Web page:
Inbound arrivals: using weather surveillance radar to quantify the diurnal timing of spring trans-Gulf bird migration

Authors: Annika L. Abbott, Yuting Deng, Katie Badwey, Andrew Farnsworth and Kyle G. Horton

Year: 2023

Publication: Ecogeography

Publication Link:

Keywords: aeroecology, avian migration, flight behavior, Gulf of Mexico, radar, remote sensing

Abstract: More than two billion birds migrate through the Gulf of Mexico each spring en route
to breeding grounds in the USA and Canada. This region has a long history of complex
natural and anthropogenic environments as the northern Gulf coast provides the
first possible stopover habitats for migrants making nonstop trans-Gulf crossings during
spring migration. However, intense anthropogenic activity in the region, which is
expanding rapidly at present, makes migrants vulnerable to a multitude of obstacles and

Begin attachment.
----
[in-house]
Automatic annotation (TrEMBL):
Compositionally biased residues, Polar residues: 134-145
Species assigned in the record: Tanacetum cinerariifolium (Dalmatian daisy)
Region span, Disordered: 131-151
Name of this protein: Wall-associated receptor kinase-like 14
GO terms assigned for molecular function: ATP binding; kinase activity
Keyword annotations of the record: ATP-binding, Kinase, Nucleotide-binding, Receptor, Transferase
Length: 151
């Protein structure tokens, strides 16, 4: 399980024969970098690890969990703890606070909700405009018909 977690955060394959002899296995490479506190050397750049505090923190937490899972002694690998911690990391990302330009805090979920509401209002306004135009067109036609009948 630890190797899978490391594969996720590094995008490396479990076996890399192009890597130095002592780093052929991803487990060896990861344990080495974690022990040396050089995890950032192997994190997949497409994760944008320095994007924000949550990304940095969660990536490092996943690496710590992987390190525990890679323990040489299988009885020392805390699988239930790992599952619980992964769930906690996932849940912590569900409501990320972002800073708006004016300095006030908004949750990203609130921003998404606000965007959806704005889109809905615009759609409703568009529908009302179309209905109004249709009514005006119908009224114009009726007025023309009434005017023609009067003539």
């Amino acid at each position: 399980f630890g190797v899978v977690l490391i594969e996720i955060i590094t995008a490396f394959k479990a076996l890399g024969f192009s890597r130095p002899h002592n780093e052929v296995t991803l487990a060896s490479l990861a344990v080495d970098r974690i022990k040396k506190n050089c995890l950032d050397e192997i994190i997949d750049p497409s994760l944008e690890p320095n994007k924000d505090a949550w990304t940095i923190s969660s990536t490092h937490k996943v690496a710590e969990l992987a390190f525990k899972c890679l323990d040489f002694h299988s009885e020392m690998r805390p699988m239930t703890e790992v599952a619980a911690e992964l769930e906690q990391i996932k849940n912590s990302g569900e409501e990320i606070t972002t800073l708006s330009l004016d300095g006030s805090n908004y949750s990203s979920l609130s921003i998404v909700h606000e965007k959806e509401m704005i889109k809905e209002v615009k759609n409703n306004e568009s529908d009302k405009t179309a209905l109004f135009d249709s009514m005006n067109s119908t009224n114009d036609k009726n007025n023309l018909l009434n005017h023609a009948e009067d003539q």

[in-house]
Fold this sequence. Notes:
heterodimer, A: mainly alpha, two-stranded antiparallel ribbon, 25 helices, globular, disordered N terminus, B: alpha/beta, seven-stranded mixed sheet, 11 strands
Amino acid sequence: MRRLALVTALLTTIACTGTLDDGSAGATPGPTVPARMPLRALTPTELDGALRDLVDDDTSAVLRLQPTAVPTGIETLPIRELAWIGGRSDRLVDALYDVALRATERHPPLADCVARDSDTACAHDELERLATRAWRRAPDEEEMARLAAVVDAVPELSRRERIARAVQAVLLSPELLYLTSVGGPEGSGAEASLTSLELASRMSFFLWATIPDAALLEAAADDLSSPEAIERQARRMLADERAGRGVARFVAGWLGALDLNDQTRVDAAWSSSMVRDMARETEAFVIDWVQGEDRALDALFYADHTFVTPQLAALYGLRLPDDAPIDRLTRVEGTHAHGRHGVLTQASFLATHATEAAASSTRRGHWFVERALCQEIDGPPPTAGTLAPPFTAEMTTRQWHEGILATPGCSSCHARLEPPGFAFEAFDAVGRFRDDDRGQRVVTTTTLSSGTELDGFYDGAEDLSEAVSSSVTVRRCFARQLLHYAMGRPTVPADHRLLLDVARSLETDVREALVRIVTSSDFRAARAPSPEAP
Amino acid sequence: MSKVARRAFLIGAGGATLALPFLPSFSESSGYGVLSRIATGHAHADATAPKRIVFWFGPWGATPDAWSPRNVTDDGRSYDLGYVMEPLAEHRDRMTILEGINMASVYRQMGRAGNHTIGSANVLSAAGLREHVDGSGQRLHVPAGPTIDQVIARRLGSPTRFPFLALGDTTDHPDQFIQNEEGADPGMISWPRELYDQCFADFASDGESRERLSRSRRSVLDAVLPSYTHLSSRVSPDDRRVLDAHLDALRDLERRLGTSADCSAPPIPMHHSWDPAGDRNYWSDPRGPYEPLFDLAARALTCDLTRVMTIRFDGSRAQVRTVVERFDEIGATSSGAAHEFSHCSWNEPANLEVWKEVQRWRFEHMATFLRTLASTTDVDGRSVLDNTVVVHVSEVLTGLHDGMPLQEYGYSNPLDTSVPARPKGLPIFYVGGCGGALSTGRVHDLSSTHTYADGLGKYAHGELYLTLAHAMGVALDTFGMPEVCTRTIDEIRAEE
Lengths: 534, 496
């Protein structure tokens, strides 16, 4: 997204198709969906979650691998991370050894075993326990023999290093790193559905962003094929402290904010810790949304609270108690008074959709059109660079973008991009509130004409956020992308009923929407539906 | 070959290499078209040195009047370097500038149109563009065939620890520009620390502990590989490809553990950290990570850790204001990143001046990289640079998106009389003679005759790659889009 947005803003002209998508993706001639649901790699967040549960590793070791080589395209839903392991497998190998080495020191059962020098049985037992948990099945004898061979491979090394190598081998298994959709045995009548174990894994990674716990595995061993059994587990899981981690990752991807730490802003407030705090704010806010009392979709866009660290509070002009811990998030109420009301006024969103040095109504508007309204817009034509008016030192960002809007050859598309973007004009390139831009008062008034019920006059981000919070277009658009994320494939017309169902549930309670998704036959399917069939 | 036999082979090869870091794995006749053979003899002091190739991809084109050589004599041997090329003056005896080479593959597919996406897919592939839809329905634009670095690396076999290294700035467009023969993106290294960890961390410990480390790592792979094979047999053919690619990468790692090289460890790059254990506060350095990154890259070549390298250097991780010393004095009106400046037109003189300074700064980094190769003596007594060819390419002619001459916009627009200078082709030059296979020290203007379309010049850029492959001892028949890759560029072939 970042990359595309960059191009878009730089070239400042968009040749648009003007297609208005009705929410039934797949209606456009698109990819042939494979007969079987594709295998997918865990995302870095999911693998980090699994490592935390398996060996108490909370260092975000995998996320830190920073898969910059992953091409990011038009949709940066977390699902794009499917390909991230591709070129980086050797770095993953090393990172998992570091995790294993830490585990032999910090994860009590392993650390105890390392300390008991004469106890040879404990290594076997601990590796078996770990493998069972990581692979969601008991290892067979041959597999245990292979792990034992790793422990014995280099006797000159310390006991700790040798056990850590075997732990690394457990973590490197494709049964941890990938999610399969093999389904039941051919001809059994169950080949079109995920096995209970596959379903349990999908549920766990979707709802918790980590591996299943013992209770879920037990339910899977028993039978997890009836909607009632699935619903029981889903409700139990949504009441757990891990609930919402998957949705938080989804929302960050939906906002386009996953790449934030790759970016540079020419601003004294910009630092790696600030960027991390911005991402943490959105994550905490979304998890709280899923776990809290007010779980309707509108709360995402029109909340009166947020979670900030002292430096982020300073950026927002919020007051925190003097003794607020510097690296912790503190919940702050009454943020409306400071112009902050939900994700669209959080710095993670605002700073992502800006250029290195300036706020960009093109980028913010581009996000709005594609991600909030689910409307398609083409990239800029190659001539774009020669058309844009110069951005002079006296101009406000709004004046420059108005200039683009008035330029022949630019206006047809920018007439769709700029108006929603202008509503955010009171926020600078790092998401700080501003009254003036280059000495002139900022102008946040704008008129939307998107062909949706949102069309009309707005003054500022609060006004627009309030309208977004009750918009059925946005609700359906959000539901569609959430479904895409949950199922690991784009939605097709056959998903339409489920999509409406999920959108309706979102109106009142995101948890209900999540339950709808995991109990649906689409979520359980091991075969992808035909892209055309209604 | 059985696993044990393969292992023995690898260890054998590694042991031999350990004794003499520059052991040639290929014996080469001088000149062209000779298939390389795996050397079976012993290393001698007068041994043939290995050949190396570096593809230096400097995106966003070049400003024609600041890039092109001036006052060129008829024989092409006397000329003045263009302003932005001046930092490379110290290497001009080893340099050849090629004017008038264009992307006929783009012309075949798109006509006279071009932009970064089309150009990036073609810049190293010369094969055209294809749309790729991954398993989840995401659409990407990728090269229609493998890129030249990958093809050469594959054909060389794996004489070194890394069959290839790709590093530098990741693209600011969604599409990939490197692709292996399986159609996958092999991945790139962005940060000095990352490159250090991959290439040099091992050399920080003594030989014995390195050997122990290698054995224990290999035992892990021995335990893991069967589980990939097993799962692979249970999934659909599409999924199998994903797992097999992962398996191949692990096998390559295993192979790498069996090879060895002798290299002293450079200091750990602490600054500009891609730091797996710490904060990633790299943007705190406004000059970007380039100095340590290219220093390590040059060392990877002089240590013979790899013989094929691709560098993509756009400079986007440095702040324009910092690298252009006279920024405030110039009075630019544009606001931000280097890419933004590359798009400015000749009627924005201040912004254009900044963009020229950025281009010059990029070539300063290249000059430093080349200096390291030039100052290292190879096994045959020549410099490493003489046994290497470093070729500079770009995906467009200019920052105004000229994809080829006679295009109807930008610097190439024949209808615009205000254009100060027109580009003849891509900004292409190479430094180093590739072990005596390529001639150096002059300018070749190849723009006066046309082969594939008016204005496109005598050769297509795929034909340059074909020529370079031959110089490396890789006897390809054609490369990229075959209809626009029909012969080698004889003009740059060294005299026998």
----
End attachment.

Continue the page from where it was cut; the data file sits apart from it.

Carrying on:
increasingly fragments and alters these habitats. Understanding the timing of migrants’
overwater arrivals has biological value for expanding our understanding of migration
ecology relative to decision-making for nonstop flights, and is imperative for advancing
conservation of this critical region through the identification of key times in which
to direct conservation actions (e.g. temporary halting of wind turbines, reduction of
light pollution). We explored 10 years of weather surveillance radar data from five sites
along the northern Gulf of Mexico coast to quantify the daily timing and intensity of
arriving trans-Gulf migrants. On a daily scale, we found that migrant intensity peaked
an average of nine hours after local sunrise, occurring earliest at easternmost sites. On
a seasonal level, the greatest number of arrivals occurred between late April and early
May, with peak intensity occurring latest at westernmost sites. Overall intensity of
migration across all 10 years of data was greatest at the westernmost sites and decreased
moving farther to the east. These findings emphasize the differential spatial and temporal
patterns of use of the Gulf of Mexico region by migrating birds, information that is
essential for improving our understanding of the ecology of trans-Gulf migration and
for supporting data-driven approaches to conservation actions for the migratory birds
passing through this critical region.

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